Playing the Home Courses After Years Away
I spent the day in Yakima, Washington today, something I haven’t done in decades. I lived there from the age of seven to eighteen, and haven’t really been back since. My first course was the brilliant 9 hole pitch & Putt, Fisher Park. My range and fantasy course was laid out in Gilbert Park, and once my brother got his drivers license, it was as if we were on tour. Yakima and the surrounding towns are full of good courses, and we could reach every one, sometimes two a day.
Yakima is in the center of Washington state, just skirting the forest lands of Mt. Adams and Mt. Rainier. It’s sunny most of the year, and boasts two gorgeous rivers that come together in town, the Yakima and the Naches. The Elks course, my first regulation 72, sits between them – perfect.
Here’s the deal for me and golf in this very cool town, though. Some of the nine or ten courses I used to play were, at the time, fairly new, which meant that the trees, in many cases, were no taller than I was. In my absence, Yakima’s gotten onto me. All of those woods have grown up, and they differ from course to course. The Applewood course draws a lot of players from long distances. With the mania of island greens, and being famous for apples, they put a beautiful green apple in the middle of a lake, and dare you to hit it. The little leaf at the top of the apple is, of course, a bunker. I saw it when it was built from rolling hills of apple orchards. Now, those refined little saplings reach out in every direction to grab a shot, looking like a Grimm fairy tale.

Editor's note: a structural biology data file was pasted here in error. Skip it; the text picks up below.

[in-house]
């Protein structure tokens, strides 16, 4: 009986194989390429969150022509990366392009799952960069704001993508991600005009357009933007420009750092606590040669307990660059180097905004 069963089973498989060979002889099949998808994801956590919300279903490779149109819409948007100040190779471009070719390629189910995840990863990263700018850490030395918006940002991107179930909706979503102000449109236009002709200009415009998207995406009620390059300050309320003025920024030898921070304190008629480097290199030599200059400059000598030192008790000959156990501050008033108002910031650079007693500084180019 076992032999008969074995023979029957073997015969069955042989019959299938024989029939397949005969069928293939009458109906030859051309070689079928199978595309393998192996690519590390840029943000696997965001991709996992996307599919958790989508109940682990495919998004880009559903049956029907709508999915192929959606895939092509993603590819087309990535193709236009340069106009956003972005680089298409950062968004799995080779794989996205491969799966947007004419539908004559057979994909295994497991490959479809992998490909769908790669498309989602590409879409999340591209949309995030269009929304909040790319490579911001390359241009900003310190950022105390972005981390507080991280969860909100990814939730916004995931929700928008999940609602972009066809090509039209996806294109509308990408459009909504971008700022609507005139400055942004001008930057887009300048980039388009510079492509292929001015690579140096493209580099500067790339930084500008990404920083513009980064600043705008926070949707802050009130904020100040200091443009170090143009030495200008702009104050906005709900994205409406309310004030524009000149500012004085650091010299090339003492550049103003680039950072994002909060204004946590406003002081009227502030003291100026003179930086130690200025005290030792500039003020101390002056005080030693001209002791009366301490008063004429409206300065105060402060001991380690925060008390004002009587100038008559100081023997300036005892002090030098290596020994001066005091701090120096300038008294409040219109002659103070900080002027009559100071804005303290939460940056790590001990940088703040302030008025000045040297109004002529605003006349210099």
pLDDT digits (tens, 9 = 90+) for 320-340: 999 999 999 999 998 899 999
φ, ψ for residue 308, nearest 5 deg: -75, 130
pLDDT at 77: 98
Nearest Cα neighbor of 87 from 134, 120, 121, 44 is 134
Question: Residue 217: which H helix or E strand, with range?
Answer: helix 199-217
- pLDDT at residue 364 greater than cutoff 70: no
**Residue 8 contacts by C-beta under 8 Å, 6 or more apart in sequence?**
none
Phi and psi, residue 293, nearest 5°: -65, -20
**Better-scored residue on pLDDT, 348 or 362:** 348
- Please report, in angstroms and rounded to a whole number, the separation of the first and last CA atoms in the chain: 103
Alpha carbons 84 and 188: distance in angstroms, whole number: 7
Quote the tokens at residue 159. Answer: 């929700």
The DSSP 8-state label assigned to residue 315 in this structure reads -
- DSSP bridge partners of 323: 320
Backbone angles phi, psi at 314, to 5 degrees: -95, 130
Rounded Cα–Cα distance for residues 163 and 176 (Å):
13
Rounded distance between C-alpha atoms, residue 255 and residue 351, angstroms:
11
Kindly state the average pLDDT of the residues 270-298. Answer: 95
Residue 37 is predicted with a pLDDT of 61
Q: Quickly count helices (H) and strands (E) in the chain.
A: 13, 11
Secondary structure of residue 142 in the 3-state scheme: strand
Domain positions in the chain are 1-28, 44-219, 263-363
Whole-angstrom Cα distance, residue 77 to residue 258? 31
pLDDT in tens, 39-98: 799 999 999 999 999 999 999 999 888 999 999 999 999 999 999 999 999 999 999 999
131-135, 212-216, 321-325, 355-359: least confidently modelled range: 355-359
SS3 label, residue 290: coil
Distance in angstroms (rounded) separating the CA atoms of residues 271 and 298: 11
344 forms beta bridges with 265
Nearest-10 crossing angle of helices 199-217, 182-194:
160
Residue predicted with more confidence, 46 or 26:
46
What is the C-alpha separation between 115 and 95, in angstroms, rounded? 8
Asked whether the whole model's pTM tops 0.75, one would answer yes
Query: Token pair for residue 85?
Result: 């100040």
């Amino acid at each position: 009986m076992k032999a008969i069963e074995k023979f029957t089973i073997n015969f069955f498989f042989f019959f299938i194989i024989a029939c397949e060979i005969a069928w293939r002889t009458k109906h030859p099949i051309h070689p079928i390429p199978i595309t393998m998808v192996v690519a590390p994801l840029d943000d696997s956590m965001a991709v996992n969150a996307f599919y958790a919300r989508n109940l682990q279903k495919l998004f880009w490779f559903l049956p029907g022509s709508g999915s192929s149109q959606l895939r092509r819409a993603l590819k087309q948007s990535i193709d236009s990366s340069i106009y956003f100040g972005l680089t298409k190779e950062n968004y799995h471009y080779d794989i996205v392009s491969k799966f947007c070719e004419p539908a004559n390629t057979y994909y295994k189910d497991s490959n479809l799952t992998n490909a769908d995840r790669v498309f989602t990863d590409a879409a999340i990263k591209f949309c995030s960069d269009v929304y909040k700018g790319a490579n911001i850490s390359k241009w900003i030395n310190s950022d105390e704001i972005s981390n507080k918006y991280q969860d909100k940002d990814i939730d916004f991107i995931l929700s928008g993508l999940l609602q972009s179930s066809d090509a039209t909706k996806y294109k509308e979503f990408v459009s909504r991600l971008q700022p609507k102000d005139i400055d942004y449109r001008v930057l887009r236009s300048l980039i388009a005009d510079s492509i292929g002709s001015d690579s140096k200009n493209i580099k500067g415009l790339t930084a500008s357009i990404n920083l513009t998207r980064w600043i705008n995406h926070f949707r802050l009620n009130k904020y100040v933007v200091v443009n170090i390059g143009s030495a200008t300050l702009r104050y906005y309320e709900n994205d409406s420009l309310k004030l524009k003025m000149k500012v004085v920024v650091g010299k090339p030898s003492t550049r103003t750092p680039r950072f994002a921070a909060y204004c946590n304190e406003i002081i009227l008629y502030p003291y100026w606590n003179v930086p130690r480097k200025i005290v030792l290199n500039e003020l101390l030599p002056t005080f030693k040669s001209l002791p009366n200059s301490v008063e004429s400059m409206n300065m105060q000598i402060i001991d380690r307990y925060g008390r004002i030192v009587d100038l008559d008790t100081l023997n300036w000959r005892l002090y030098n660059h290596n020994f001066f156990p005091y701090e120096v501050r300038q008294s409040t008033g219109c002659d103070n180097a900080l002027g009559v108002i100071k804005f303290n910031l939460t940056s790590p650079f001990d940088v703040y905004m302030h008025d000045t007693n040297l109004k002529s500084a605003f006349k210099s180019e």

The Elks went birch happy as it got close to the river, and they are more vertical. I used to impress myself by hitting what I thought of as very clever trick shots over them, no matter what trouble I was in. Now, it feels like trying to shoot from the key with Kareem Abdul Jabbar blocking everything you send up. The Yakima Country Club, besides having expansive, long-armed trees, play on my fear of heights. The course appropriately sits on Terrace Heights, on the hills to the east, beautiful, but half the course looks down on the other half as if from a Himalayan monastery. There’s a course out in Selah with trees that were once so small that I laughed at it all those years ago – today, it got the last laugh. Out at the Mt. Adams Country Club in Toppenish, I can almost drive the first green. Years ago it was a safari to reach that green. But, I don’t remember the willows being so intrusive, to the point of hiding the green altogether. Miss a drive, better pack a chain saw.
Yakima fairway grass is wonderful. The clean air and bright sky are hard to beat. The rivers are crystalline, and the wildlife is fascinating, and very wild. The layouts are interesting. None of that back and forth stuff – bring a compass. The people are friendly, and you can catch rainbow trout waiting on the third tee. I am reminded of the old adage that I should have minded years ago – “Go home before you become an old folk.” The only thing is, don’t go into the woods. They’ve grown up right along with you.